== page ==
Creating the British Atlantic: Essays on Transplantation, Adaptation, and Continuity

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University of Virginia Press, Apr 29, 2013 - History - 480 pages
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Set mostly within an expansive British imperial and transatlantic framework, this new selection of writings from the renowned historian Jack P. Greene draws on themes he has been developing throughout his distinguished career. In these essays Greene explores the efforts to impose Old World institutions, identities, and values upon the New World societies being created during the colonization process. He shows how transplanted Old World components—political, legal, and social—were adapted to meet the demands of new, economically viable, expansive cultural hearths. Greene argues that these transplantations and adaptations were of fundamental importance in the formation and evolution of the new American republic and the society it represented.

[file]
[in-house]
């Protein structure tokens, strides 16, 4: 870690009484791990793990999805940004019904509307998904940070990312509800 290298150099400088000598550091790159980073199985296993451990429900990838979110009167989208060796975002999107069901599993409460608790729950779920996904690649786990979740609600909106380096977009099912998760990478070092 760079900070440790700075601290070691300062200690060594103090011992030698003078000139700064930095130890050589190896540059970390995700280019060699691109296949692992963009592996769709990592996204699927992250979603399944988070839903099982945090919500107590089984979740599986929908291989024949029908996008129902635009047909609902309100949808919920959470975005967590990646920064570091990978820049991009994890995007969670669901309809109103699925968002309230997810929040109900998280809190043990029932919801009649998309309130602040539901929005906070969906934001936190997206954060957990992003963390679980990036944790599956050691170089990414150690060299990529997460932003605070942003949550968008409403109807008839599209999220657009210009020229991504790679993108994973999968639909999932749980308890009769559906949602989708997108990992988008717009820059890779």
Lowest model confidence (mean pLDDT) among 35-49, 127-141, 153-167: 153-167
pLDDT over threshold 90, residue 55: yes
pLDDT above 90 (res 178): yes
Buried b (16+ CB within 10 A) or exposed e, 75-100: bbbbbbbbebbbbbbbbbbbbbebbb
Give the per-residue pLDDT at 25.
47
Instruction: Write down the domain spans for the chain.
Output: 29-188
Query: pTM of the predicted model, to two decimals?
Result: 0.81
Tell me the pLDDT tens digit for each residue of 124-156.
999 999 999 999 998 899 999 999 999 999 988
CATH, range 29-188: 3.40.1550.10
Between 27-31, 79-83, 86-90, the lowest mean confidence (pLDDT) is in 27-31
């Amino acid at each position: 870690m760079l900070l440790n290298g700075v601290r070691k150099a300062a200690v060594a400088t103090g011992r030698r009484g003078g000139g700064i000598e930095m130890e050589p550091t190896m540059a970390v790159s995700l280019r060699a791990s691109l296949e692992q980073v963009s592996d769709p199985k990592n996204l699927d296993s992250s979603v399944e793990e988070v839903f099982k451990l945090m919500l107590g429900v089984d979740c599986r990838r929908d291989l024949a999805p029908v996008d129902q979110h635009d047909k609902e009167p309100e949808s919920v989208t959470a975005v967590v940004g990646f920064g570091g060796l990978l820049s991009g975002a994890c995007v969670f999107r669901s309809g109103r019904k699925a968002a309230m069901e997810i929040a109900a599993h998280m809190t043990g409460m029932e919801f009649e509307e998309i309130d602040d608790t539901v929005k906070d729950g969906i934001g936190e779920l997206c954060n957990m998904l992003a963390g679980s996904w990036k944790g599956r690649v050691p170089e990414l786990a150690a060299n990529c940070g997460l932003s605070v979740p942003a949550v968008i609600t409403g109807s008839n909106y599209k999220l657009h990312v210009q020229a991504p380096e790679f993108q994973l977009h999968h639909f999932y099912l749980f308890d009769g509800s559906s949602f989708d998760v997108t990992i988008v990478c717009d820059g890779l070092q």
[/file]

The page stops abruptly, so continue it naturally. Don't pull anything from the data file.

The scope of this work allows Greene to consider in depth numerous subjects, including the dynamics of colonization, the development and character of provincial identities, the relationship between new settler societies in America and the emerging British Empire, and the role of cultural power in social and political formation.

 

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Contents

Preface
ONE Hemispheric History and Atlantic History
TWO Reformulating
THREE
FOUR
TheBritish American Experience
A Case Study
NINE
ELEVEN Empire
Law
THIRTEEN Liberty Slavery and the Transformation of British
Early United States
FIFTEEN State Identities
SIXTEEN
SEVENTEEN Pluribus or Unum? White Ethnicity inthe Formation of Colonial American Culture
NINETEEN Early Modern Southeastern North America and

TEN

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About the author (2013)

Jack P. Greene is Andrew W. Mellon Professor in the Humanities Emeritus at Johns Hopkins University, where he founded the Program in Atlantic History and Culture. He is coeditor, with Philip D. Morgan, of Atlantic History: A Critical Reappraisal and the author of Interpreting Early America: Historiographical Essays (Virginia).

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